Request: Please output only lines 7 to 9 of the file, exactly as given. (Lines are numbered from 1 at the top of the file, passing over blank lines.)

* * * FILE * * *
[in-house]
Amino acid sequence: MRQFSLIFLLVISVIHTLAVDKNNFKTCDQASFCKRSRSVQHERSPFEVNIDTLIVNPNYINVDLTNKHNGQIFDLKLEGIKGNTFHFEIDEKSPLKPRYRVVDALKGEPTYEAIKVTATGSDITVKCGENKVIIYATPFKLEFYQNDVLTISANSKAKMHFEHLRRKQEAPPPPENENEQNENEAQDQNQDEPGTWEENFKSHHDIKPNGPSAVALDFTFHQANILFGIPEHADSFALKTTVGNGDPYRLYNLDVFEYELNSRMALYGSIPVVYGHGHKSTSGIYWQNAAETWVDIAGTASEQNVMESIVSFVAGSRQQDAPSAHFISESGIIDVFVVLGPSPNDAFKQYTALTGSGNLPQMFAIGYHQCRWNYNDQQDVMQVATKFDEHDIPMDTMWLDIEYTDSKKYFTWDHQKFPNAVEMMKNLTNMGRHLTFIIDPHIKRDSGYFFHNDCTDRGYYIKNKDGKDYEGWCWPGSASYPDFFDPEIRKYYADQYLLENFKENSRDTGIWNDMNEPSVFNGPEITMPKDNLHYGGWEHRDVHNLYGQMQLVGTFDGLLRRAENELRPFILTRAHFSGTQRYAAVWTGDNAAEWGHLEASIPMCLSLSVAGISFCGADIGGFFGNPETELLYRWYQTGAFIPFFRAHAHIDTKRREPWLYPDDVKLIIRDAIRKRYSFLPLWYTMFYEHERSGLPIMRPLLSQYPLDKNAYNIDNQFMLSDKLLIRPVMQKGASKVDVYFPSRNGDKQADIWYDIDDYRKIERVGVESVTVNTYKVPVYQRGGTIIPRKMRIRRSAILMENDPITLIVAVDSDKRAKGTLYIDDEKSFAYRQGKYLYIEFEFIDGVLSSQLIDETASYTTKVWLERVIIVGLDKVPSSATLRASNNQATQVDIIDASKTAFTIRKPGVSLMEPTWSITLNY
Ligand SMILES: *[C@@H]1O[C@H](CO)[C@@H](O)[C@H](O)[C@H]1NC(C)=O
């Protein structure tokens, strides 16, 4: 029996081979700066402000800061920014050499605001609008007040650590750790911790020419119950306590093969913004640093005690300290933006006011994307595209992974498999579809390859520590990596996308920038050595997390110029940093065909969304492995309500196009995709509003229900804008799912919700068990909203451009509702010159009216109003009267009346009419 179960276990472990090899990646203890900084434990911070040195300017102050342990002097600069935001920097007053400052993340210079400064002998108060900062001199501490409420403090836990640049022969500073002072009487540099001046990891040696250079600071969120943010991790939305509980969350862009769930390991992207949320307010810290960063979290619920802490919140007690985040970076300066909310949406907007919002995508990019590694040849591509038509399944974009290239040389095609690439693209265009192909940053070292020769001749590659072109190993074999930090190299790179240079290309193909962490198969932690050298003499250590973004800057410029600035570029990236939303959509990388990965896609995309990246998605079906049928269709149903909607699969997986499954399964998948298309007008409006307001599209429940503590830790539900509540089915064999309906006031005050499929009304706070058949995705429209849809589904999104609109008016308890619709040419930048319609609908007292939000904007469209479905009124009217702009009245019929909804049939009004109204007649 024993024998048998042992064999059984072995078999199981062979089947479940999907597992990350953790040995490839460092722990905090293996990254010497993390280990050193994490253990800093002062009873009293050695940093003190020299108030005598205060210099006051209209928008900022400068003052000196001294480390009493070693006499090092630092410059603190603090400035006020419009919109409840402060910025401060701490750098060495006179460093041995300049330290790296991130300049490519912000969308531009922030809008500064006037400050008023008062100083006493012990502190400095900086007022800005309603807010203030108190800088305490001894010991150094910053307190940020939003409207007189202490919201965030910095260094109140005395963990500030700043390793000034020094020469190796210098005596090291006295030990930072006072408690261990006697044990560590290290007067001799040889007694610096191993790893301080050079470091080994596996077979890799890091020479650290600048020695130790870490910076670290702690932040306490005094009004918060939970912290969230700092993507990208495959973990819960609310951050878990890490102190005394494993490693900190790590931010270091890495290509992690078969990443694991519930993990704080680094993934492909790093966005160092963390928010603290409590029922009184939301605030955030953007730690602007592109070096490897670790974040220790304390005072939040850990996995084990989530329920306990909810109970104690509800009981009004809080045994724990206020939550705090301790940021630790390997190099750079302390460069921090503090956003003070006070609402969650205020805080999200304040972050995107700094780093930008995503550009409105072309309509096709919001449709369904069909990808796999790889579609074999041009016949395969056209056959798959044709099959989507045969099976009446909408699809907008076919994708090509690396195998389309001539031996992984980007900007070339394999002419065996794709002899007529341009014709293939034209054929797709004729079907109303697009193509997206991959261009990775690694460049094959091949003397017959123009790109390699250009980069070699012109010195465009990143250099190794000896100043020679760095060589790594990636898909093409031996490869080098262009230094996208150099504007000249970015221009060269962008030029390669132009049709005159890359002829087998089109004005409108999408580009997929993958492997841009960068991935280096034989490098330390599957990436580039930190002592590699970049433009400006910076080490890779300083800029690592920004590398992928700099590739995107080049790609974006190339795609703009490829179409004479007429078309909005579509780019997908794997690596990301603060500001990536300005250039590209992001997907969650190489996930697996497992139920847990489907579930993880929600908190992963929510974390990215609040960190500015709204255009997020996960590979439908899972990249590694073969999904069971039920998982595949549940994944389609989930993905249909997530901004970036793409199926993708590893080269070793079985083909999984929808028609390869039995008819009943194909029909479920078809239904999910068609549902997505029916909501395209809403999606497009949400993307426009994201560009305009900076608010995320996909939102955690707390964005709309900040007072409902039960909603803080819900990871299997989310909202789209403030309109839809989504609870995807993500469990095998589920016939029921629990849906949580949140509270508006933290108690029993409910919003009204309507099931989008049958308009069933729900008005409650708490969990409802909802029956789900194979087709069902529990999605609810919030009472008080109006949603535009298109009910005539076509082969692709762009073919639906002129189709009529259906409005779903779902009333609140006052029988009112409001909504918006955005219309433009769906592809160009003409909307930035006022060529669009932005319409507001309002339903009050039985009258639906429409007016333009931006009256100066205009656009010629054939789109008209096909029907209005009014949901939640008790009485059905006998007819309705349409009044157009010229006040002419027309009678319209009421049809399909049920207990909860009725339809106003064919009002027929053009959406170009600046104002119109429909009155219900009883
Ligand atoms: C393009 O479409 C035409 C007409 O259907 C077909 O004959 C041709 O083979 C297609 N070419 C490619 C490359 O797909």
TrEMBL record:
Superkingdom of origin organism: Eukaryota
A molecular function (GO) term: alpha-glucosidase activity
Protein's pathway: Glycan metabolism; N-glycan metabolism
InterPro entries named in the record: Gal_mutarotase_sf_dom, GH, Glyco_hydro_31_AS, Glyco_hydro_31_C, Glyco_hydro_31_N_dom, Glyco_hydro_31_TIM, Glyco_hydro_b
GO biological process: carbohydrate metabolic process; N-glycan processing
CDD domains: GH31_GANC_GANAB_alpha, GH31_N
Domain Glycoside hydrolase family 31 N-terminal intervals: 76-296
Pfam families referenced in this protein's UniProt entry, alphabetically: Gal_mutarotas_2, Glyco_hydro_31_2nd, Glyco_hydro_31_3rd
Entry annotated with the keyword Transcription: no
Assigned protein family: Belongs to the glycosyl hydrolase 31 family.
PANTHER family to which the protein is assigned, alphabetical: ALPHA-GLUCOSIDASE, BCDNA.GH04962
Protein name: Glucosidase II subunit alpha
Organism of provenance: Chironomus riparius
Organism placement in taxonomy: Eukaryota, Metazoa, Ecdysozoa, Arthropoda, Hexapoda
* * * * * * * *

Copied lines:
Superkingdom of origin organism: Eukaryota
A molecular function (GO) term: alpha-glucosidase activity
Protein's pathway: Glycan metabolism; N-glycan metabolism